Bacterial roles in the formation of high-molecular-weight dissolved organic matter in estuarine and coastal waters: Evidence from lipids and the compound-specific isotopic ratios

Zou, Li, Xu-Chen Wang, Julie Callahan, Randolph A. Culp, Robert F. Chen, Mark A. Altabet, Ming-Yi Sun

Limnol. Oceanogr., 49(1), 2004, 297-302 | DOI: 10.4319/lo.2004.49.1.0297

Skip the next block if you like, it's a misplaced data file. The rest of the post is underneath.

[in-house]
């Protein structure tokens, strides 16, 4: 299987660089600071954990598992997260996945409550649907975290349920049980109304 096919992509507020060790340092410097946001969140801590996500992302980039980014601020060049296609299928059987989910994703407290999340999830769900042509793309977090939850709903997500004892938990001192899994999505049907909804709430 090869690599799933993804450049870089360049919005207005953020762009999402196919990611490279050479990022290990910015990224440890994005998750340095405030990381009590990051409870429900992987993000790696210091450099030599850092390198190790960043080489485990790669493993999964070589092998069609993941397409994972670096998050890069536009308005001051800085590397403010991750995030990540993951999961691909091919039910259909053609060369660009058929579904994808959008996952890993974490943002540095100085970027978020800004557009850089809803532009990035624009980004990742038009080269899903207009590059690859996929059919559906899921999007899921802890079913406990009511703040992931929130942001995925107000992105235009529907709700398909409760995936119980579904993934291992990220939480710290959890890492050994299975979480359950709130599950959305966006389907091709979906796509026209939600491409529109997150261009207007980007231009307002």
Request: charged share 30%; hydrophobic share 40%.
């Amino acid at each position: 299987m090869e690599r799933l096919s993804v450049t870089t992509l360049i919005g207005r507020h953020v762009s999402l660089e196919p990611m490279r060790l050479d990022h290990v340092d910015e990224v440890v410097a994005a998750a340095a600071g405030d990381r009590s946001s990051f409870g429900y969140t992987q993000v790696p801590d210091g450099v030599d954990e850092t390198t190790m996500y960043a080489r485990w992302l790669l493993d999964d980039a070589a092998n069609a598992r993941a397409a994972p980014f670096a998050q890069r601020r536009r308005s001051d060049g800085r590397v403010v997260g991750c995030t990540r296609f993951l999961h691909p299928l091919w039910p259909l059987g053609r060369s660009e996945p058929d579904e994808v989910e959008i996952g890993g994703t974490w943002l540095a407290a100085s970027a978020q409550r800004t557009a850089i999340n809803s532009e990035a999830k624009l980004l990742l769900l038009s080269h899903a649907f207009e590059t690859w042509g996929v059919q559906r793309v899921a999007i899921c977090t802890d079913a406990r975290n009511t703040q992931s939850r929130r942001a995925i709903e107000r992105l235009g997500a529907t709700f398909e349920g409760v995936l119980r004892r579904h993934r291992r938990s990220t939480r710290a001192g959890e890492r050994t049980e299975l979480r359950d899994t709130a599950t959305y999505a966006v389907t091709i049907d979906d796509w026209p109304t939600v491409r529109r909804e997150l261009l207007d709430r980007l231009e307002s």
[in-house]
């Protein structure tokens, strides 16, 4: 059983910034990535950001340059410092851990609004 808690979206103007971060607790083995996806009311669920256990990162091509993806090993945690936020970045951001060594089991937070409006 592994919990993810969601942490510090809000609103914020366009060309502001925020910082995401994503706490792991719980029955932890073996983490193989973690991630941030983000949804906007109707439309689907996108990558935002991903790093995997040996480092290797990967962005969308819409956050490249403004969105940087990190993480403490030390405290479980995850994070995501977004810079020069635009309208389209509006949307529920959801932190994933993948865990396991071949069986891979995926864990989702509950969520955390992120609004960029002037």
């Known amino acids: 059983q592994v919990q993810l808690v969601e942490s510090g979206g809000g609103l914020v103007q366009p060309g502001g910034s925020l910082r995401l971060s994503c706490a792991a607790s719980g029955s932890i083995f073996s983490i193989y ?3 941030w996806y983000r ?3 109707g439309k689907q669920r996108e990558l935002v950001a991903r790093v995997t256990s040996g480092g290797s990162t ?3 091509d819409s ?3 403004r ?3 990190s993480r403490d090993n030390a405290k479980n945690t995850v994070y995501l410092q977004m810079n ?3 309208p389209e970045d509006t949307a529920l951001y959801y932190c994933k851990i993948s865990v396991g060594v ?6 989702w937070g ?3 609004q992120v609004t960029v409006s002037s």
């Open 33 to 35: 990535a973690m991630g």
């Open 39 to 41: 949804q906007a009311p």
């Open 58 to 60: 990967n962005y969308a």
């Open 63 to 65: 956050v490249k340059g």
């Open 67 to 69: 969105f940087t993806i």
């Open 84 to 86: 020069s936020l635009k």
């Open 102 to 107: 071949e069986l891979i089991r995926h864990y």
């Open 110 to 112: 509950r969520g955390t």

ABSTRACT: High-molecular-weight dissolved organic matter (HMW-DOM, > 1,000 Daltons) is actively involved in the global biogeochemical cycling of many elements, but its carbon sources and detailed formation pathways are still not well understood. In this study, we measured bulk stable carbon and nitrogen isotopic ratios, lipid composition, and compound-specific carbon isotopic ratios of HMW-DOM samples collected from four U.S. estuaries (Boston Harbor/Massachusetts Bay, Delaware/Chesapeake Bay, San Diego Bay, and San Francisco Bay). Analytical results show (1) a fraction of HMW-DOM (lipid associated) in estuarine and coastal waters is derived from bacteria and phytoplankton; (2) this fraction of HMWDOM is formed by various release processes of bacterial membrane components and bacterial reworking of phytoplanktonderived material; (3) this fraction of HMW-DOM is generally present in all samples from different coastal systems despite variable organic matter inputs and environmental conditions, suggesting an important bacterial role in HMW-DOM formation.

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